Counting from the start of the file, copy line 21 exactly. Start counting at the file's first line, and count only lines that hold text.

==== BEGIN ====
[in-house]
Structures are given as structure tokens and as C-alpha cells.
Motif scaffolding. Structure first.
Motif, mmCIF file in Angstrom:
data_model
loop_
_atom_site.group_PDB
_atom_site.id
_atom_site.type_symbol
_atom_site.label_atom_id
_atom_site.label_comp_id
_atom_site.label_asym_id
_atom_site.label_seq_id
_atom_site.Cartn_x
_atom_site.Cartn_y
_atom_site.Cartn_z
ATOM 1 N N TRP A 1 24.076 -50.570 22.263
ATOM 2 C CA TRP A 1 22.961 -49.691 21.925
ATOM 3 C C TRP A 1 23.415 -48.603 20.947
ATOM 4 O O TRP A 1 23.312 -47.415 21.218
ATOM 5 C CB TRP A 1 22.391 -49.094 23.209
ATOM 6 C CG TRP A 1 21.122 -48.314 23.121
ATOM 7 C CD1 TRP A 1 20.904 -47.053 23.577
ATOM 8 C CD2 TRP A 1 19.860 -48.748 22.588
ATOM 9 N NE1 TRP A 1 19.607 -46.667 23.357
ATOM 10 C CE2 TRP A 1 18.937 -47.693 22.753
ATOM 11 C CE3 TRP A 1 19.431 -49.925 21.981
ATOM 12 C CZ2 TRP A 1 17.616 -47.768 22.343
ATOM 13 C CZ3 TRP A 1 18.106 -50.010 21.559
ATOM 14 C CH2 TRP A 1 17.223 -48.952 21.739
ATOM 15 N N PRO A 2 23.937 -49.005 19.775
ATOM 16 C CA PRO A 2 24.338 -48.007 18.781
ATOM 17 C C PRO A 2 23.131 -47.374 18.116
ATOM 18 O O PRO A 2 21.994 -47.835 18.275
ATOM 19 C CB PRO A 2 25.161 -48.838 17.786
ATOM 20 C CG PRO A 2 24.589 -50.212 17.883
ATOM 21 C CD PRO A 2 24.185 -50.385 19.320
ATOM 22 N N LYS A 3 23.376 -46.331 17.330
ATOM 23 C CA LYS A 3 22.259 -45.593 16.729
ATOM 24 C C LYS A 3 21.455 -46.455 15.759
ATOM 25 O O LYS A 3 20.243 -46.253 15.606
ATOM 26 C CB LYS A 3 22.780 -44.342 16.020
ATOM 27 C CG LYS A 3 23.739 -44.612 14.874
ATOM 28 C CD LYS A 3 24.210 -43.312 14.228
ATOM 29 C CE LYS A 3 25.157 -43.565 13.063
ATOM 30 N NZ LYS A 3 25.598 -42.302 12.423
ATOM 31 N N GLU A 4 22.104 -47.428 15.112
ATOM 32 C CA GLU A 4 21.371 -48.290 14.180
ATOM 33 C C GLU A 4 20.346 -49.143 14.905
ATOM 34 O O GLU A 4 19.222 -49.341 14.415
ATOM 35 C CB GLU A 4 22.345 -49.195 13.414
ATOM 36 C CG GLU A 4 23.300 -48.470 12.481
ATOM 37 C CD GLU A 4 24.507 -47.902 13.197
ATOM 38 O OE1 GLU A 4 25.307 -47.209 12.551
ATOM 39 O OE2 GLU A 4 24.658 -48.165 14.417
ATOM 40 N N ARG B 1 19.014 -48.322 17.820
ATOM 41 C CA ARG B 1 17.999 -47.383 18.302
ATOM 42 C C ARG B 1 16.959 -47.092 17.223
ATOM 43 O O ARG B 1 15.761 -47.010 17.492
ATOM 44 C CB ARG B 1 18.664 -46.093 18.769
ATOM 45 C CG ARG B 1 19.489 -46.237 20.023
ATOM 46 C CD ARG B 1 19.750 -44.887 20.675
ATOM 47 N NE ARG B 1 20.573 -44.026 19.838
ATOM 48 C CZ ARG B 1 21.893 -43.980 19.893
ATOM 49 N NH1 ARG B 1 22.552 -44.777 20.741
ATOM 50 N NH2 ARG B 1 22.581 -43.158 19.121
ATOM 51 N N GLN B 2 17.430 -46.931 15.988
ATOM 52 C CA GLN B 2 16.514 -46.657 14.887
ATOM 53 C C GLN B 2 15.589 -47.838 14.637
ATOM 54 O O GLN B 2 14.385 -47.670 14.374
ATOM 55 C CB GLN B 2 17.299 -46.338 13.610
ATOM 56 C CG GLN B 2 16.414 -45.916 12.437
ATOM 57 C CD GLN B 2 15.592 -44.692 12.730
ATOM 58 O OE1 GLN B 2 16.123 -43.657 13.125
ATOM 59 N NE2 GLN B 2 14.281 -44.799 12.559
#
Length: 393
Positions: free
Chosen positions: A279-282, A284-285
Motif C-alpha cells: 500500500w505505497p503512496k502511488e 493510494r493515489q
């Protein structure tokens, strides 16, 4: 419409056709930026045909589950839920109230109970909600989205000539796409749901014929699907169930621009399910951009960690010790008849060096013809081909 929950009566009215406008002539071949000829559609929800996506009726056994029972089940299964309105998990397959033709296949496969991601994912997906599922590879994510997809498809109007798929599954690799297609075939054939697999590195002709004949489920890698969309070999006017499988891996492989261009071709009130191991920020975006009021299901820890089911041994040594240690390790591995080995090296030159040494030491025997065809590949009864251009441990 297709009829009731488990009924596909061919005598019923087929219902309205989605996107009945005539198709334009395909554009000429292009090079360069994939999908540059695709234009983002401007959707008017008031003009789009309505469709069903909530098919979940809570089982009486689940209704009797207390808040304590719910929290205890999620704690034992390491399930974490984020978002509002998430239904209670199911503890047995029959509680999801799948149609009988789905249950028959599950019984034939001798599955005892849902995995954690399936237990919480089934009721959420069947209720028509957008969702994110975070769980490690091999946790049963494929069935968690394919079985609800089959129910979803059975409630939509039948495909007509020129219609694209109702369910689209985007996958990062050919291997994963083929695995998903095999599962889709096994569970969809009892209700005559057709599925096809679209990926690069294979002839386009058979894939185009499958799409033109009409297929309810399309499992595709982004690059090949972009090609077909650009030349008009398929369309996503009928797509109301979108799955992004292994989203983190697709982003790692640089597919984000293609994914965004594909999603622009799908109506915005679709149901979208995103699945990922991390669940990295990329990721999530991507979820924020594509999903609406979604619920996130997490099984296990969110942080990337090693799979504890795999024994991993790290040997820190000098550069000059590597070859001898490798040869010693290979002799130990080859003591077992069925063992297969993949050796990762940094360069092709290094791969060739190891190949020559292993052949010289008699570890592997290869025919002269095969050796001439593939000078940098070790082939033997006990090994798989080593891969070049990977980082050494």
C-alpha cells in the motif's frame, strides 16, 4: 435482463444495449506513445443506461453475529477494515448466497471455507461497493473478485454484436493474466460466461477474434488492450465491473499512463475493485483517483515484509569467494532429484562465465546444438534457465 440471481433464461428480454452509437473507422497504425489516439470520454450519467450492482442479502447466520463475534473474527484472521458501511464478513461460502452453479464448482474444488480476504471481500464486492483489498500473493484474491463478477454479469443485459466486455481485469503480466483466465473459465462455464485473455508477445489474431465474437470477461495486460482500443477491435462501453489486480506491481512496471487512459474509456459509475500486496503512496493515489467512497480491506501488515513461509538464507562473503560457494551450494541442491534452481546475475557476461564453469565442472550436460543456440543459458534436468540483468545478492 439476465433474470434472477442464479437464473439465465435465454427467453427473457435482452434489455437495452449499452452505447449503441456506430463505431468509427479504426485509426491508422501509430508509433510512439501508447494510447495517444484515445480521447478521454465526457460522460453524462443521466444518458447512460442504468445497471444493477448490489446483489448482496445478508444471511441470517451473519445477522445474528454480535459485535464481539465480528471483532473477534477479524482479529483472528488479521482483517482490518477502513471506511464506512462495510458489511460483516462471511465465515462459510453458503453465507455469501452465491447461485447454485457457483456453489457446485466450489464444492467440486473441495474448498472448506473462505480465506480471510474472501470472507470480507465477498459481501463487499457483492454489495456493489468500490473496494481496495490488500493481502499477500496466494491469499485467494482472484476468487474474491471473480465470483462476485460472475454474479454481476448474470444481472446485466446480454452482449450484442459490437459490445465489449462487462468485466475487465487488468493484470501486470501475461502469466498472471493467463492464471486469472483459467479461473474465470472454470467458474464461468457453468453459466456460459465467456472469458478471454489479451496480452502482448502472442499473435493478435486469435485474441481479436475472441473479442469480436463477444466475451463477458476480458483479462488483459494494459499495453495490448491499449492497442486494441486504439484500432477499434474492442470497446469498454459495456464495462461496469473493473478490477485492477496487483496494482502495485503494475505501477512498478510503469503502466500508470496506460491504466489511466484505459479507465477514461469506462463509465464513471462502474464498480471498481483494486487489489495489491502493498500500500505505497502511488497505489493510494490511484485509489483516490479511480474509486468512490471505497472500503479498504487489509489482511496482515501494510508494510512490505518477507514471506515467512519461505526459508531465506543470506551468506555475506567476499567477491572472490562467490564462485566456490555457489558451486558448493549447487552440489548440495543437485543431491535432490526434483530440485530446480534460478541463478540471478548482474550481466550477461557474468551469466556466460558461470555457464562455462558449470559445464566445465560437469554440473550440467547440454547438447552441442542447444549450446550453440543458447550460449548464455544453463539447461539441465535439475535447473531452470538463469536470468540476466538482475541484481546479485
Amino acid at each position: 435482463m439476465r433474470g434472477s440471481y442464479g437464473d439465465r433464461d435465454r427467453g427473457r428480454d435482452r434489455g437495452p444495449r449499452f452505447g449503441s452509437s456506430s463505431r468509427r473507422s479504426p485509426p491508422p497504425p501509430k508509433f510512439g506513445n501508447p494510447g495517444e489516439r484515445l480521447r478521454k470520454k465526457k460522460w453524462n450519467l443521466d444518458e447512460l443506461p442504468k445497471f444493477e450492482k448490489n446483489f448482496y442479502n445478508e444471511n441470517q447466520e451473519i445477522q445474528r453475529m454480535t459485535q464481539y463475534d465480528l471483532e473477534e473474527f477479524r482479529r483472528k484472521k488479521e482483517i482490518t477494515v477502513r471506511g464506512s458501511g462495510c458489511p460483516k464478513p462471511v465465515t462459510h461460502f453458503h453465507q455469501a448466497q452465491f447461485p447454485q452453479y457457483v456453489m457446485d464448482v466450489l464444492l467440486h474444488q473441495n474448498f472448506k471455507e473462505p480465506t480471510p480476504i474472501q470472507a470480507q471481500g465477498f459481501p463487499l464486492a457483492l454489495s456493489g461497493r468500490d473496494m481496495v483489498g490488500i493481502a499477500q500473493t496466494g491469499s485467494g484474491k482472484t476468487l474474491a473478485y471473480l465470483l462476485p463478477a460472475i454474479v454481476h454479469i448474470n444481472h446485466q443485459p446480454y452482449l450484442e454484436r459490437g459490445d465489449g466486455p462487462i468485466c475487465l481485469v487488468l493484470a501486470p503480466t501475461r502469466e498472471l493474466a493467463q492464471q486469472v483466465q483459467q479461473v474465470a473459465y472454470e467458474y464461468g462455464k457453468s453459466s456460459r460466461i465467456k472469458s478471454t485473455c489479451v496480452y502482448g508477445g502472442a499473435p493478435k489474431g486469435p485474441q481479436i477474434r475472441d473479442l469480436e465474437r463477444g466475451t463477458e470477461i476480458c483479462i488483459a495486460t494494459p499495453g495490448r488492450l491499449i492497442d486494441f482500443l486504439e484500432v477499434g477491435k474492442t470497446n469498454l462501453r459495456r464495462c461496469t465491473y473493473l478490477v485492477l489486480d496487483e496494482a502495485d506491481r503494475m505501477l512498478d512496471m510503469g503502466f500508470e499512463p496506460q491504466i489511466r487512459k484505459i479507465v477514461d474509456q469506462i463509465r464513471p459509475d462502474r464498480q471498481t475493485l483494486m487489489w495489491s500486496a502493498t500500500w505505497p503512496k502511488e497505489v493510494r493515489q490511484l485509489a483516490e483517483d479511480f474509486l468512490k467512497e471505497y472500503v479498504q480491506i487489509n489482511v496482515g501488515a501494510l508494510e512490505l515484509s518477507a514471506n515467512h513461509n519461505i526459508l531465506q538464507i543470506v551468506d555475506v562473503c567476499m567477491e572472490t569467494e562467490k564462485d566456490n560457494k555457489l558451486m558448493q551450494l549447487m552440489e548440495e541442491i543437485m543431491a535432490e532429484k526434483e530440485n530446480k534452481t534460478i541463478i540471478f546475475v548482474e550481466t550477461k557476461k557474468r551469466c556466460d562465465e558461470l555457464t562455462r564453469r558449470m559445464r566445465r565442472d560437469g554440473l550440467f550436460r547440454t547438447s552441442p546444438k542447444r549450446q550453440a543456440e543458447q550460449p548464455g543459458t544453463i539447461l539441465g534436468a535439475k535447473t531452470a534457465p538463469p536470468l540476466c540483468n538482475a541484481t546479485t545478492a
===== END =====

ATOM 5 C CB TRP A 1 22.391 -49.094 23.209